Obama's Africa Legacy

By Stith, Charles R. | African Business, August-September 2015 | Go to article overview

Obama's Africa Legacy


Stith, Charles R., African Business


What did Obama ever do for Africa? Quite a lot actually, argues former US Ambassador to Tanzania Charles R. Stith.

With Barack Obama's recent whirlwind of activity around Africa, I'm reminded that it was almost eight years ago that Africans on the continent and in the diaspora waited with bated breadth for his presidency to begin and, hopefully, with it a new era in US-Africa relations.

When Obama was elected in 2008, the celebrations in Africa were as enthusiastic as those in America. For Africa, there was obvious pride that comes with seeing one of its sons elected to arguably the most powerful political post in the world. There was also the expectation that he might set new benchmarks of cooperation between the US and the continent.

At the time Obama was inaugurated, the US economy was suffering from the financial crisis and the US was fighting wars on two fronts. Under such circumstances, it was understandable that Africa was not at the top of the President's agenda. That said, Obama visited Ghana in 2009 and spoke of Africa's promise. Including his most recent trip, he will have visited the continent three times. The First Lady and his daughters have visited the continent as well. This attention, if nothing else, has contributed to changing the narrative about Africa's prospects and reputation as a place of extraordinary opportunities.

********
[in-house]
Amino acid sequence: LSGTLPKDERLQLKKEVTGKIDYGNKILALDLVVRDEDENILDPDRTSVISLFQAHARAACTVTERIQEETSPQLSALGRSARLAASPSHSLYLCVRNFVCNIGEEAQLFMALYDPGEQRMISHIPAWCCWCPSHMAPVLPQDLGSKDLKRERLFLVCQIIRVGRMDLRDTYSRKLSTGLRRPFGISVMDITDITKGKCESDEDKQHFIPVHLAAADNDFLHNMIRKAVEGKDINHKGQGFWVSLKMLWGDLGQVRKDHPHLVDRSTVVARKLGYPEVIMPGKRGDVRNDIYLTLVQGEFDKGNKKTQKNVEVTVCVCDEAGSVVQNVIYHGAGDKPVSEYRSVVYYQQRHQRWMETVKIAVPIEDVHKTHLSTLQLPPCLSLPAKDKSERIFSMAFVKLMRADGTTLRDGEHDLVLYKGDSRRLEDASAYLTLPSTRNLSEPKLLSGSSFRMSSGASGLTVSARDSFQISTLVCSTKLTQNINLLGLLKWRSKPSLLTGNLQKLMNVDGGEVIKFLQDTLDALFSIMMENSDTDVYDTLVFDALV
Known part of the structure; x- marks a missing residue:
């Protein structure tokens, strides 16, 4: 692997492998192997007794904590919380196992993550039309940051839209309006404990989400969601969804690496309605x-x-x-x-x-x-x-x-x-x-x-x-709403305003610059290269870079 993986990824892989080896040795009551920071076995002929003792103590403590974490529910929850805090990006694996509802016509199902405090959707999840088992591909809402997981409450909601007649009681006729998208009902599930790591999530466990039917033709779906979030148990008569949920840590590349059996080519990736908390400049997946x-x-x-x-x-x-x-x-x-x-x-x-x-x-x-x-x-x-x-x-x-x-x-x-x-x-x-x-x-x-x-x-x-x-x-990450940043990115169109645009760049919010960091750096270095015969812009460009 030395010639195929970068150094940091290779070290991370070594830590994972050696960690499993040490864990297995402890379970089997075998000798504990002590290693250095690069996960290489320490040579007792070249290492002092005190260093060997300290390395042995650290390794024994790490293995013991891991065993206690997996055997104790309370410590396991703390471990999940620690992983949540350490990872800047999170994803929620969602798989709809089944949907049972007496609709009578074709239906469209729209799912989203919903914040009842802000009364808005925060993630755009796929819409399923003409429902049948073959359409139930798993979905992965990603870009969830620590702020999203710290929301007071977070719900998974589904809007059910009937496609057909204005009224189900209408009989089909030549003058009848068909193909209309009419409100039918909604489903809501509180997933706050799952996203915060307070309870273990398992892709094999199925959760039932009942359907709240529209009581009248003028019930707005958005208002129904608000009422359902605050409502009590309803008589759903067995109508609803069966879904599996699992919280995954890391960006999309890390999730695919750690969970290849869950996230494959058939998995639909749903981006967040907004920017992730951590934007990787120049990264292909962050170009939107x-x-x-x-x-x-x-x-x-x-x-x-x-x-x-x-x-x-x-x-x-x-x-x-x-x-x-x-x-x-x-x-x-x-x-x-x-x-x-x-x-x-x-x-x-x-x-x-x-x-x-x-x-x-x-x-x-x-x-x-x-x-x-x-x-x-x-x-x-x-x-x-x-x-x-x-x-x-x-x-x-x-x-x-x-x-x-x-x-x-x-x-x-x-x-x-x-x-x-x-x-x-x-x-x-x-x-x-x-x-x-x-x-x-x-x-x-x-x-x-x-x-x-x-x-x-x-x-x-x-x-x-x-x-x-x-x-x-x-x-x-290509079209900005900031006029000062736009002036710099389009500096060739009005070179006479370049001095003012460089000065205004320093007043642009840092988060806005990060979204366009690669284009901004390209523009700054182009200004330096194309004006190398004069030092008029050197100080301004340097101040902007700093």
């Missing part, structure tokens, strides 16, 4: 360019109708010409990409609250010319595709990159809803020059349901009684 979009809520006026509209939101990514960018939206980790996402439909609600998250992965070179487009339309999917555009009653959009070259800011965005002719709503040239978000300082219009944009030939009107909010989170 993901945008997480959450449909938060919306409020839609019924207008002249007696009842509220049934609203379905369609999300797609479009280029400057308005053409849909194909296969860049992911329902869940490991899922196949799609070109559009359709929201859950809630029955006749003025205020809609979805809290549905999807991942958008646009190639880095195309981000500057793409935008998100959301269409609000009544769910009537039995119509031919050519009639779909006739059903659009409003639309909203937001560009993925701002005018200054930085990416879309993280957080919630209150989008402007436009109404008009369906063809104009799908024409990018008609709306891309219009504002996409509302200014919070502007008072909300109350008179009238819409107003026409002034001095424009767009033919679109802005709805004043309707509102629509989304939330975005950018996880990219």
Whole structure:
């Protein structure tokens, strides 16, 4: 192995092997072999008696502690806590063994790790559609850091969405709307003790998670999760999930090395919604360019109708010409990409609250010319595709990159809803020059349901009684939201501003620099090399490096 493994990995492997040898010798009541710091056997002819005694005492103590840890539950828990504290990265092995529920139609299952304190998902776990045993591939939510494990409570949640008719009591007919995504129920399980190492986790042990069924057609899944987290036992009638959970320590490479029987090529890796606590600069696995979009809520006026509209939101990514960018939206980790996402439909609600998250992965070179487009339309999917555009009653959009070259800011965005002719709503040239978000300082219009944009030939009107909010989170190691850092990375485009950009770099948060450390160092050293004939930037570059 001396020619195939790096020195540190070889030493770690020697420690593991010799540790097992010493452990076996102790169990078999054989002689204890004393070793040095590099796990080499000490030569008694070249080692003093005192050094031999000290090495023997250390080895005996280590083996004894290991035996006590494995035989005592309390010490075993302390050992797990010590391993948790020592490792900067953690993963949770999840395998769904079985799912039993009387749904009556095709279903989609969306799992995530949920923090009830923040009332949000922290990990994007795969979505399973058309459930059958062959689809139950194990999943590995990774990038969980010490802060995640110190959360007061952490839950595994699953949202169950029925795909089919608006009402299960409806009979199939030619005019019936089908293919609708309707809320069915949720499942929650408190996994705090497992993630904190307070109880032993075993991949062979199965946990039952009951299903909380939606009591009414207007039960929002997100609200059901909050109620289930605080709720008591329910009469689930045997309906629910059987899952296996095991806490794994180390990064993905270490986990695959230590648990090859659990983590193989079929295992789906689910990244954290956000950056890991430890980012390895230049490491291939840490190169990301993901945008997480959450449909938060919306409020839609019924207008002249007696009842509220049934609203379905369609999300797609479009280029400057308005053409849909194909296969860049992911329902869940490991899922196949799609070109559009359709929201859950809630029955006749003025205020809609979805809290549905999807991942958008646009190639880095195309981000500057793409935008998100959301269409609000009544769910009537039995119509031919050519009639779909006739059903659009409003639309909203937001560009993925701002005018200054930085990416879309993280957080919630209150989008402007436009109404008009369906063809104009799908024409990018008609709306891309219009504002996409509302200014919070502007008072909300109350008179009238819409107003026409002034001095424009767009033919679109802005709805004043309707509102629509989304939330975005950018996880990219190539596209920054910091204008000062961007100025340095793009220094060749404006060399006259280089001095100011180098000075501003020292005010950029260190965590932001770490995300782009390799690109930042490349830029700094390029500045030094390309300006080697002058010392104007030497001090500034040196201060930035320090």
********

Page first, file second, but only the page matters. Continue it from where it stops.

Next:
The past year, the Obama administration has been particularly focused on its Africa agenda. From the African Leaders Summit a year ago, to the Power Africa Initiative, to renewing the Africa Growth and Opportunity Act (AGOA), to his swansong trip to Kenya and Ethiopia, Obama has kept the US on track in its effort to engage Africa as a partner rather than patron.

The African Leader's Summit in August 2014 was historic. With similar summits having been hosted by China, India, and Europe, the Summit was meant to keep the US competitive on the continent. By all accounts, it achieved that aim.

The summit was not simply good politics; it provided an opportunity for the President to push US economic interests. During the event, Obama raised the prominence of his Power Africa initiative. Since last year's announcement, US companies have closed more than $20bn in deals. US companies like GE have stepped up in major ways.

In July, I attended an event at the White House celebrating the renewal of AGOA. Since the Bill's initial passage during the Clinton administration, there have been debates about the extent to which it has helped increase African exports to the US. What is not debatable is that the amount of trade between Africa and US has increased since the bill was enacted. As Africa becomes more competitive, AGOA is an important weapon in the US arsenal to keep it in the game. China has become increasingly engaged, as has Europe. Given the increased competition, if AGOA were to have lapsed it would have been the wrong message at the wrong time. …

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